While developing desktop applications, you won’t notice much difference between .NET Framework and .NET Core versions of WPF and Windows Forms. A part of our effort was to provide a functional parity between these platforms in the desktop area and enhance the .NET Core experience in the future. WPF applications are fully supported on .NET Core and ready for you to use, while we are working on minor updates and improvements. For Windows Forms the runtime part is fully ported to .NET Core and the team is working on the Windows Forms Designer. We are planning to get it ready by the fourth quarter of 2020 and for now you can check out the Preview version of the designer in Visual Studio 16.4 Preview 3 or later. Don’t forget to set the checkbox in the Tools->Options->Preview Features->Use the Preview of Windows Forms designer for .NET Core apps and restart the Visual Studio. Please keep in mind that the experience is limited for now since the work on it is in progress.

Breaking changes

There are a few breaking changes between .NET Framework and .NET Core but most of the code related to Windows Forms and WPF areas was ported to Core as-is. If you were using such components as WCF Client, Code Access Security, App Domains, Interop and Remoting, you will need to refactor your code if you want to switch to .NET Core.

Another thing to keep in mind – the default output paths on .NET Core is different from on .NET Framework, so if you have some assumptions in your code about file/folder structure of the running app then it’ll probably fail at runtime.

Also, there are changes in how you configure the .NET features. .NET Core instead of machine.config file uses <something>.runtimeconfig.json file that comes with an application and has the same general purpose and similar information. Some configurations such as system.diagnostics, system.net, or system.servicemodel are not supported, so an app config file will fail to load if it contains any of these sections. This change affects System.Diagnostics tracing and WCF client scenarios which were commonly configured using XML configuration previously. In .NET Core you’ll need to configure them in code instead. To change behaviors without recompiling, consider setting up tracing and WCF types using values loaded from a Microsoft.Extensions.Configuration source or from appSettings.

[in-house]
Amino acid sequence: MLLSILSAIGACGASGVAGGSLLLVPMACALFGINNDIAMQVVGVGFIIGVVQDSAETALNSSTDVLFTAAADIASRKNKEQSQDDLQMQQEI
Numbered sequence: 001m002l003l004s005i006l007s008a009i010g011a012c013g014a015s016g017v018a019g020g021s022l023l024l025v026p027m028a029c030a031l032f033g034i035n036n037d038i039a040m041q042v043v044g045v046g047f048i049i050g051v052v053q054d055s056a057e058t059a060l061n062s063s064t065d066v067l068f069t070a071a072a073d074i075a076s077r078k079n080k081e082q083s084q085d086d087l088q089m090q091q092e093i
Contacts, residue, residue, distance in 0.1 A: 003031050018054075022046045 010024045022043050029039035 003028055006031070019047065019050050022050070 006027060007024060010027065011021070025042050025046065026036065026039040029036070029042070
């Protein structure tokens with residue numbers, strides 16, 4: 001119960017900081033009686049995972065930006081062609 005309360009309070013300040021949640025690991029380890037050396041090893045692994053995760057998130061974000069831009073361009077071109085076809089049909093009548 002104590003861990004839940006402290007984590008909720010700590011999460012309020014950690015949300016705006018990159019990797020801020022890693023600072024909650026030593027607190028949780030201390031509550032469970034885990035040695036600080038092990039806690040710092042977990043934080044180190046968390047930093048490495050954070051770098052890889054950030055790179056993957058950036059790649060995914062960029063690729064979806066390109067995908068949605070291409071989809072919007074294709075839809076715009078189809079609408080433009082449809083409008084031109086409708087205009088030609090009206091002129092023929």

You can find more information on differences between .NET Core and .NET Framework in the documentation.

Getting Started

Check out these short video tutorials:

Porting from .NET Framework to .NET Core

First of all, run the Portability Analyzer and if needed, update your code to get a 100% compatibility with .NET Core. Here are instructions on using the Portability Analyzer. We recommend to use a source control or to backup your code before you make any changes to your application in case the refactoring would not go the way you want, and you decide to go back to your initial state.

When your application is fully compatible with .NET Core, you are ready to port it. As a starting point, you can try out a tool we created to help automate converting your .NET Framework project(s) to .NET Core – try-convert.

It’s important to remember that this tool is just a starting point in your journey to .NET Core. It is also not a supported Microsoft product. Although it can help you with some of the mechanical aspects of migration, it will not handle all scenarios or project types. If your solution has projects that the tool rejects or fails to convert, you’ll have to port by hand. No worries, we have plenty of tutorials on how to do it (in the end of this section).

The try-convert tool will attempt to migrate your old-style project files to the new SDK-style and retarget applicable projects to .NET Core. For your libraries we leave it up to you to make a call regarding the platform: weather you’d like to target .NET Core or .NET Standard. You can specify it in your project file by updating the value for <TargetFramework>. Libraries without .NET Core-specific dependencies like WPF or Windows Forms may benefit from targeting .NET Standard:

<TargetFramework>netstandard2.1</TargetFramework>

so that they can be used by callers targeting many different .NET Platforms. On the other hand, if a library uses a feature that requires .NET Core (like Windows desktop UI APIs), it’s fine for the library to target .NET Core:

<TargetFramework>netcoreapp3.0</TargetFramework>